Mirror their Face

volume4Some people are better than others at recognizing emotion in others’ faces. That said, a single individual can go through periods when they are better and worse at recognizing emotion. What types of things cause people to become temporarily better or worse as “reading” emotional faces?

It turns out that it isn’t easy to quickly and accurately perceive others’ facial expressions: It takes cognitive (thinking) resources. When people’s mental resources are divided, by being given other cognitive tasks to perform while simultaneously reading faces, they become significantly worse at perceiving emotional facial expressions. This isn’t particularly surprising, and the many mental operations required by poker may be one of the reasons why we often have trouble reading faces around the poker felt.

One thing that can help people read facial expression is known as “facial mimicry” – imitating the expressions we see in others. Facial mimicry is often automatic. For example, when seeing another person in pain, we often produce subtle pain expressions ourselves (this is known as “micromimicry”). It turns out that micromimicry actually facilitates people’s ability to perceive others’ emotional expressions. Here is yet another reason why poker players may have trouble reading facial expressions: We typically don’t allow ourselves to express emotion while playing poker (especially when we’re in a hand)!

“ one-third of the participants were instructed to suppress their own facial expressions (i.e., maintain a “poker face”) ”

A recent psychological study examined exactly how cognitive demands and facial mimicry affect people’s abilities to perceive emotional faces (Schneider, Hemel, & Lunch, 2013). In this research, all participants were asked to watch a series of facial expressions that gradually morphed from a neutral facial expression to one of six different emotional expressions (happiness, sadness, fear, anger, surprise, and disgust). Their job was to accurately report as quickly and accurately as possible which emotion was being displayed by the face. The experimental manipulation was this – while performing the task, one-third of the participants were instructed to suppress their own facial expressions (i.e., maintain a “poker face”) , one-third were instructed to mimic the facial expressions of the target face as closely as possible, and one-third were to perform the task “naturally” (no special instructions were given).

This is an interesting study because it pitted 2 different variables – cognitive demand and facial mimicry – against each other. Because facial suppression requires both cognitive resources and impedes one’s ability to mimic others’ facial expressions, it should clearly impair facial reading ability. Facial mimicry, however, requires cognitive resources (possibly hurting emotion perception) but obviously facilitates mimicry (possibly aiding the ability to read facial expressions).

What were the results? As expected, compared to the “natural” group, facial suppression dramatically impaired people’s ability to quickly and accurately read emotional faces. Facial mimicry, conversely, actually improved people’s abilities to perceive others’ emotions! (This effect was not quite statistically significant, but very close.)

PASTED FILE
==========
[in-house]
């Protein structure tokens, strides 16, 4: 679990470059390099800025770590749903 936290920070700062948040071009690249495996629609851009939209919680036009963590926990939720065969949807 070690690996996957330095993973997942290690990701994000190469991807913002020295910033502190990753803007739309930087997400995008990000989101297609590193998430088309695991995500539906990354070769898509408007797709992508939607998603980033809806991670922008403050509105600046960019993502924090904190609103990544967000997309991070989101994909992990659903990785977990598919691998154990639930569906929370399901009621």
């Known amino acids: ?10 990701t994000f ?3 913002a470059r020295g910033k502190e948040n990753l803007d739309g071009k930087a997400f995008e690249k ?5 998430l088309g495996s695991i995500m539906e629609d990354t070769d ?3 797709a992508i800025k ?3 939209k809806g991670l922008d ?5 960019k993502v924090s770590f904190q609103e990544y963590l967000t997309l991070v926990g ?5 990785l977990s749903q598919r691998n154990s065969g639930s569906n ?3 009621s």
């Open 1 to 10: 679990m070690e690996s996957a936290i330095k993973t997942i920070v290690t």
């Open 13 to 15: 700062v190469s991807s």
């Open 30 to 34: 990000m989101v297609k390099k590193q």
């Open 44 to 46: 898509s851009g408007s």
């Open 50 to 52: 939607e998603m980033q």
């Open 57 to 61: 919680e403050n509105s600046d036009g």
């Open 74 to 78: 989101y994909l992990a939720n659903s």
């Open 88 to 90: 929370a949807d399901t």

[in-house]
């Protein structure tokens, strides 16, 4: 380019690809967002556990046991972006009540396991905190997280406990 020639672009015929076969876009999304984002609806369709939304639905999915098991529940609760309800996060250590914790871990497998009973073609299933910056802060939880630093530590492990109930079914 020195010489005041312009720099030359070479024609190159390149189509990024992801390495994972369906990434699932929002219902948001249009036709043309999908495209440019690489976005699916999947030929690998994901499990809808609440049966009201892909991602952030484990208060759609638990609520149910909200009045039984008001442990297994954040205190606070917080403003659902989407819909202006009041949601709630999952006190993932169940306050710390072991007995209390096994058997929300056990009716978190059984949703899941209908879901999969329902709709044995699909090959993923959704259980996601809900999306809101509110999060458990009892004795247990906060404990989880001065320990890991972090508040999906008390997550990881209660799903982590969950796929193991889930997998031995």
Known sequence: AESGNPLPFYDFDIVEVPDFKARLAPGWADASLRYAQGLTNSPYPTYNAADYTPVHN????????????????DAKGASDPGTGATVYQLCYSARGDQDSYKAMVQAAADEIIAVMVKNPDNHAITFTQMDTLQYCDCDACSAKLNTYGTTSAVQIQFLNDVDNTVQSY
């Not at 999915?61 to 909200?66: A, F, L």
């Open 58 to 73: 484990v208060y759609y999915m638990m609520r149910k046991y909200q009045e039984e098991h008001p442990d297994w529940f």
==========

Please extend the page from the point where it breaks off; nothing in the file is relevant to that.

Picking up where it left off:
What does this mean around the poker table? Well, even the greenest of poker players have been taught to pay attention to the action around a table – even when not playing. The rationale for this is simple: You want to learn players’ tendencies, etc. in order to exploit these tendencies later on. The above research supports the importance of paying attention to the game when not in an active hand, but for very different reasons. For one, we don’t have so many competing cognitive demands when we’re not in a hand. Second, we’re allowed to more flexibly express emotion when outside of a hand. Both of these should enhance our ability to perceive others’ emotions (such as their joy and fear). As such, we may better pick up on players’ tendencies when we’re watching a hand relative to when we’re in a hand! For example, is Player X usually afraid when firing a second barrel (i.e., he’s often bluffing), or is Player Y always strong when floating? Such emotional “reads” have obvious value around the poker table, allowing you to better exploit your opponents’ foibles.

Schneider, K. G., Hempel, R. J., & Lynch, T. R. (2013). That ‘poker face’ just might lose you the game! The impact of expressive suppression and mimicry on sensitivity to facial expressions of emotion. Emotion, 13(5), 852-866

Heath Demaree

Heath Demaree

Dr. Heath A. Demaree is a Professor of Psychology and a long-time poker aficionado. Over the years, he has used his expert understanding of emotional processes and decision-making to maximize his wins at the poker table. In this book, he reveals how understanding opponents' emotions and financial situations can be used to predict their risk-taking propensities (i.e., being either "on tilt" or risk-averse), knowledge that can be leveraged to generate big wins around the poker felt. Practice hands are provided at the end of the book so that readers can test their understanding of this new material.
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